Meetinghouse Creek. (Credit: Barbaraellen Koch, file)
The New York State Department of Environmental Conservation has announced about 4,000 acres of land in Southampton, Riverhead and Southold towns that were closed last month to shellfishing will reopen Wednesday.
The areas that will reopen at sunrise include shellfish lands in western Shinnecock Bay in Southampton Town, Terry and Meetinghouse creeks in Riverhead Town and James Creek in Southold Town.
The DEC issued the emergency closures in May after detecting high levels of saxitoxin, which can cause paralytic shellfish poisoning. The bodies of water have been closed to shellfishing after dangerous levels of marine biotoxins were found in shellfish and carnivorous gastropods, such as whelks, conchs and moon snails.
For more information on temporary emergency shellfish closures and maps of the affected areas, visit the DEC’s website at http://www.dec.ny.gov/outdoor/7765.html. A recorded message advising harvesters of the status of temporary shellfish closures may also be heard by calling (631) 444-0480.
Meetinghouse Creek on Thursday morning. (Credit: Barbaraellen Koch)
State Department of Environmental Conservation officials have closed two Riverhead water bodies to shellfishing after finding dangerous levels of marine biotoxins in shellfish and carnivorous gastropods, such as conchs and moon snails, which feed on shellfish. (more…)
Sunday’s heavy rainfall has led to the temporary closure of shellfishing spots in Riverhead Town on Monday and continuing until next Monday, August 22, the state Department of Environmental Conservation has announced.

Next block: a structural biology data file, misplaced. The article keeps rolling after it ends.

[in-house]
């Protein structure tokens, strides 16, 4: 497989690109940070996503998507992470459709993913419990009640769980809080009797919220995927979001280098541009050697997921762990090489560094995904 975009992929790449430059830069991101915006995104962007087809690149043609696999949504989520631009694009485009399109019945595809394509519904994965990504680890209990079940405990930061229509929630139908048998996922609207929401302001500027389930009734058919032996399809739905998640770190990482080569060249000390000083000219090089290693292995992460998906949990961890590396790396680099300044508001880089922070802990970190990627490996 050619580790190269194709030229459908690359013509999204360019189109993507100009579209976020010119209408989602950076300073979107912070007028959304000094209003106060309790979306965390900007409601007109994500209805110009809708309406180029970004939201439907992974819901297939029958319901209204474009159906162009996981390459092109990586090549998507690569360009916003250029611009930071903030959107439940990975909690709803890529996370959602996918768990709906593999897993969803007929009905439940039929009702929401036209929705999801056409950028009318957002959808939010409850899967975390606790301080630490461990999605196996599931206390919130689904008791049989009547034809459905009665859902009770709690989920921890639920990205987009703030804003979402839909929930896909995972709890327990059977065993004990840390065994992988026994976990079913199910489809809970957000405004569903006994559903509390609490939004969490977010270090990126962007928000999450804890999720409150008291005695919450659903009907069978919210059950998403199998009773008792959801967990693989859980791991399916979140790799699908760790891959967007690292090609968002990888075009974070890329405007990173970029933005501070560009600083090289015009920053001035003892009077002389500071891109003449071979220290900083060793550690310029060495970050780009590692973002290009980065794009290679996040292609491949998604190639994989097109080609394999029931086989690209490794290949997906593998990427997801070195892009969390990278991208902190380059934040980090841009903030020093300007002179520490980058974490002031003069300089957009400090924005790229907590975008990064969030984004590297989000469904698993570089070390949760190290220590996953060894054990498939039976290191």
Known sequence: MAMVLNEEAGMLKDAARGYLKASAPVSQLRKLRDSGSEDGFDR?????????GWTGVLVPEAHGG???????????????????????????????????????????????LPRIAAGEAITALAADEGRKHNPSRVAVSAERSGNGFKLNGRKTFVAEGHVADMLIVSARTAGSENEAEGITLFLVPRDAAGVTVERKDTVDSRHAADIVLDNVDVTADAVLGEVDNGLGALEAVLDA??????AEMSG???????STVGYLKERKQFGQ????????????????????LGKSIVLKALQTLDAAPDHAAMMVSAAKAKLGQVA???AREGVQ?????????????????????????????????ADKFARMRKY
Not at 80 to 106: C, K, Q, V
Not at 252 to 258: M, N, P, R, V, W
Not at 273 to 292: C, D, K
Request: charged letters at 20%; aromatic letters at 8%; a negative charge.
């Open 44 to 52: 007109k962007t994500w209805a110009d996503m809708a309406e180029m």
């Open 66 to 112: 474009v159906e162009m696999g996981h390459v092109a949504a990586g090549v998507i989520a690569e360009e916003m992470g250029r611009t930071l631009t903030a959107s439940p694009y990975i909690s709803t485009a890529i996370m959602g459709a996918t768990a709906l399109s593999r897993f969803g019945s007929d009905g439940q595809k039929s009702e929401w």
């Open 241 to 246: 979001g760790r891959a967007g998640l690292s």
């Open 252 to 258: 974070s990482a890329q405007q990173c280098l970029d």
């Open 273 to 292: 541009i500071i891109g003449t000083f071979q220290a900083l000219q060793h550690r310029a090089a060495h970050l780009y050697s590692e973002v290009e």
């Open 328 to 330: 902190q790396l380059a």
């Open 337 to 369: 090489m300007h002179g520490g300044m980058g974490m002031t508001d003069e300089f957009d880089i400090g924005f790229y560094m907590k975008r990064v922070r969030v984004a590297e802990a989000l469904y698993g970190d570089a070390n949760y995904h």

All of Flanders Bay, lying west of a line extending southwesterly from Miamogue Point to the northernmost point of Red Cedar Point will be closed for shellfishing for the next week, officials said.
In neighboring Southampton Town, all of Moriches Bay, Shinnecock Bay, Flanders Bay and the creeks, ponds, bays and harbors in the Town of Southampton lying between Red Cedar Point and North Haven Peninsula have been closed.
Rainfall was measured in excess of three inches in the affected areas, according to the DEC, and the extraordinary volume of stormwater runoff entering the bay may cause shellfish in the affected areas to be hazardous to eat.
“Most areas had in excess of five inches; some areas reported more than 10 inches of rain on Sunday, August 14,” the DEC said in a statement. “Such extraordinary volumes of stormwater runoff carry bacteria and viruses into the creeks, coves, harbors and bays and may cause shellfish in the affected areas to be hazardous for use as food.”
More rain is predicting for Tuesday and shellfishing spots in Shelter Island and Southold towns may also close.